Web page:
Obama-Boehner 'Grand Bargain' an invitation to disaster
It really doesn't matter that much what would be in a debt ceiling/budget cutting bill that would meet the approval of Obama and Boehner. Not only is it already appearing dead in the water as right and left skewer it, but because it is bound to be thrown together in a panic, the unintended consequences that would flow from carelessness or thoughtlessness would be severe.
With just 12 days left until the Treasury Department runs out of money, major elements will have to be subject to legislation to be completed by Congress under a tightly written schedule. But the goal is to combine appropriations cuts, entitlement reforms and tax overhaul in a single endeavor to more than match the $2.4 trillion increase in the debt ceiling needed to get past the 2012 elections.
The size of the revenue target is still a sticking point, as is the mechanism to ensure that the needed legislative changes - for tax and entitlement reform-get done before this Congress ends.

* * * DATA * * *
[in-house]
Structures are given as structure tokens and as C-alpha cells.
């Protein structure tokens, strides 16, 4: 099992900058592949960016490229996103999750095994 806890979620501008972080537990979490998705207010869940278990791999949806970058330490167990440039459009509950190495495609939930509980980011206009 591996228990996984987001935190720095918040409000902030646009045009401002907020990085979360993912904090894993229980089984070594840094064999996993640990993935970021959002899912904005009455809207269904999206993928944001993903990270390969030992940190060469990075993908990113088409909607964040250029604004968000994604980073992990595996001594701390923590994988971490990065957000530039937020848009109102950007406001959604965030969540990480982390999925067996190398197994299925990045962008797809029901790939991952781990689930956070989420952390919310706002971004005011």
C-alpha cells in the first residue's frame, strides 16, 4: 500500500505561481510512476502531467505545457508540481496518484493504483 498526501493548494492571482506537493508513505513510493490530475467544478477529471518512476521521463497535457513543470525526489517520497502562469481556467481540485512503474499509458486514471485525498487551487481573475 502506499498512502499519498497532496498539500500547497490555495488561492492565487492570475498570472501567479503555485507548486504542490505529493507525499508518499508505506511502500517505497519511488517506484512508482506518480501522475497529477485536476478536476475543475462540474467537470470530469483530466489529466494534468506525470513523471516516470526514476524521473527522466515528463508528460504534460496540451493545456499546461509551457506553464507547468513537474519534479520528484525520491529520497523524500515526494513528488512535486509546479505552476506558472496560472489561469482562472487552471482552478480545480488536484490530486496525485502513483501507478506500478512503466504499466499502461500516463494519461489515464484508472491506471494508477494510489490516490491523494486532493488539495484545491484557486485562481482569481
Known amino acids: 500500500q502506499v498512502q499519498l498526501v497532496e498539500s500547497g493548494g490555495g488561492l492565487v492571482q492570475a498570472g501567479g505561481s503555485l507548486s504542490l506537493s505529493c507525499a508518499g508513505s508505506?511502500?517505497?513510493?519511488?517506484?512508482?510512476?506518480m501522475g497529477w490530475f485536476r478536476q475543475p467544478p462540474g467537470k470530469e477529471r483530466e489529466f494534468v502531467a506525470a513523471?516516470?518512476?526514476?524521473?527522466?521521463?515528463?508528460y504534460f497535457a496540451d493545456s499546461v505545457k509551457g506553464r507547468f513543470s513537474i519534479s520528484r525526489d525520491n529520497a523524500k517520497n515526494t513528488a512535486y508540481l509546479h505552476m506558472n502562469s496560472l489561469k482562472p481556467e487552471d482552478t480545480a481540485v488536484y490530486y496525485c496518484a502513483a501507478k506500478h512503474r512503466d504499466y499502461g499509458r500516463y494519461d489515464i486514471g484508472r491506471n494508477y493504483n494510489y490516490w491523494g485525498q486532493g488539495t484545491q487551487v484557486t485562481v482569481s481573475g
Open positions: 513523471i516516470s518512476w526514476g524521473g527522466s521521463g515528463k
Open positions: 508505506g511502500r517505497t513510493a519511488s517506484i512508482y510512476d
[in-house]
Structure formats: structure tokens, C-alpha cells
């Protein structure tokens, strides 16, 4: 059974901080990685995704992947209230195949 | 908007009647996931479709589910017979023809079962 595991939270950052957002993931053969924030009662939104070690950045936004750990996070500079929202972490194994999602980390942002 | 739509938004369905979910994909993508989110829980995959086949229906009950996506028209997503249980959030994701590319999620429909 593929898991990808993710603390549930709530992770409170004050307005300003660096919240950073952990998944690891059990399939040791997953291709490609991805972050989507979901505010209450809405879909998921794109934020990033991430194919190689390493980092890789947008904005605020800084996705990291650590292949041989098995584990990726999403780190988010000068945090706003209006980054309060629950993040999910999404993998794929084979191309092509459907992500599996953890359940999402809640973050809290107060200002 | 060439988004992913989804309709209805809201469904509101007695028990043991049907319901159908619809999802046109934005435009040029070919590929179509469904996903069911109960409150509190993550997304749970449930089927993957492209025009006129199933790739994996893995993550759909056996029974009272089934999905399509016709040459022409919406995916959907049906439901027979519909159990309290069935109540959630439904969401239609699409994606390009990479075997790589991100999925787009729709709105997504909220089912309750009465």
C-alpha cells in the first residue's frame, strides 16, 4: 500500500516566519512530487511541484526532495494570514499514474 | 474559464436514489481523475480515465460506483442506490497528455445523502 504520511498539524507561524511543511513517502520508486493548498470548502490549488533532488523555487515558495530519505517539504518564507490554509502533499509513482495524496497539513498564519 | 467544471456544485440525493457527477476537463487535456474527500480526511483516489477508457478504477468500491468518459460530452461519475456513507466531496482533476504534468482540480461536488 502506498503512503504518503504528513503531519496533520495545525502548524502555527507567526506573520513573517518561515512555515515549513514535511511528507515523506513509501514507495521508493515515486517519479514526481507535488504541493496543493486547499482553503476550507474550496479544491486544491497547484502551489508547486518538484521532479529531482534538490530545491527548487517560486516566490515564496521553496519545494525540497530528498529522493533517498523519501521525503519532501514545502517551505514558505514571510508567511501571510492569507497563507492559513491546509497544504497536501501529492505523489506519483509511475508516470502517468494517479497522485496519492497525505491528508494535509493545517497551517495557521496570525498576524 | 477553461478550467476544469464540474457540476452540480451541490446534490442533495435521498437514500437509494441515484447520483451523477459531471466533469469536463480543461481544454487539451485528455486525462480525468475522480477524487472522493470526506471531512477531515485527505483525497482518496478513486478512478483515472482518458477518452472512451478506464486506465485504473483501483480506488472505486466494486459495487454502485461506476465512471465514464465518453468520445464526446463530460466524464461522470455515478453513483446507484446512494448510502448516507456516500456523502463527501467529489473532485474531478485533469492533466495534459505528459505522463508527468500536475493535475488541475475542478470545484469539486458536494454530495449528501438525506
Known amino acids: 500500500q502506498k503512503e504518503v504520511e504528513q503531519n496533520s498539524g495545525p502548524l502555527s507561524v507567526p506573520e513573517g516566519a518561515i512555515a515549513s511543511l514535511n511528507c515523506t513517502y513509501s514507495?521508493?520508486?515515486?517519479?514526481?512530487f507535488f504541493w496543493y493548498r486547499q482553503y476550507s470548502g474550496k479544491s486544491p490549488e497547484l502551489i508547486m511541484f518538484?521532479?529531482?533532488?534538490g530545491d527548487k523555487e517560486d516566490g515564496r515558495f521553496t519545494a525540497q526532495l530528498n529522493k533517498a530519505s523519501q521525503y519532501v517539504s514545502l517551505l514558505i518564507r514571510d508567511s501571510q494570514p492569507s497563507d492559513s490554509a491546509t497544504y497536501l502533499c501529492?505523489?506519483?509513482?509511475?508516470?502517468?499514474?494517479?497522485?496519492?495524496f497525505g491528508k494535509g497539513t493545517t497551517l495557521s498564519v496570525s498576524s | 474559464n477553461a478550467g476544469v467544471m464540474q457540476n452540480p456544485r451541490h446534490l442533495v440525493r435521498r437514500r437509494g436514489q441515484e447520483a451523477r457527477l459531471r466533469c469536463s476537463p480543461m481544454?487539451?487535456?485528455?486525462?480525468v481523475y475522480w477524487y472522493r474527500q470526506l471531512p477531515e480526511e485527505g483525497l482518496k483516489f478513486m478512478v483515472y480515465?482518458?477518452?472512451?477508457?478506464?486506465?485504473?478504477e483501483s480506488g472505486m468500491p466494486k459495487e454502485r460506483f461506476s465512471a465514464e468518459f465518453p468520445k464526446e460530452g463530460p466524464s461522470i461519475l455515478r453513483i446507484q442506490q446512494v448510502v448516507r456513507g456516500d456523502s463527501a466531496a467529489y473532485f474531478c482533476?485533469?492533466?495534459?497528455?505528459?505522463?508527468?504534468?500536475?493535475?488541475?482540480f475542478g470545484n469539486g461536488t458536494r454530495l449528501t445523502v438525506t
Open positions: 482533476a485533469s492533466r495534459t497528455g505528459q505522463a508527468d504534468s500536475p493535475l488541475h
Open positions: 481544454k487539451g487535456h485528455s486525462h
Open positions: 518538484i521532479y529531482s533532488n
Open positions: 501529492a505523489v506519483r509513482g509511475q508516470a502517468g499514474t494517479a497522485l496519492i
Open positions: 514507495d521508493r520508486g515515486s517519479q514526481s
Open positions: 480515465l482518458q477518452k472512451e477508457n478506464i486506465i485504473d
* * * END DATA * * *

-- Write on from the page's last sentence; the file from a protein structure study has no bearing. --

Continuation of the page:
Boehner and Obama are discussing some sort of trigger mechanism that would threaten each party with the loss of almost its first born child - policy wise.
Democrats have suggested that if Congress fails to act, taxes will go up on those earning over $250,000. Republicans have countered that if the added taxes take effect, the law would also rip out portions of Obama's prized healthcare reforms, such as eliminating the individual mandate.
That it is down to these kind of threats is not entirely surprising. Obama has always insisted that any "balanced" deficit-reduction plan must include new revenues, but this is also hardest part for Boehner to deliver because rank-and-file members are opposed to new taxes.
Does anyone seriously believe that major tax legislation can be examined and voted on in 12 days?
We should have had enough of "government by the seat of the pants." These imprudent measures have an unknown impact on the economy, the citizens, and individual businesses.
It may get done - but it won't get done right. And that's almost as disasterous as not doing anything at all.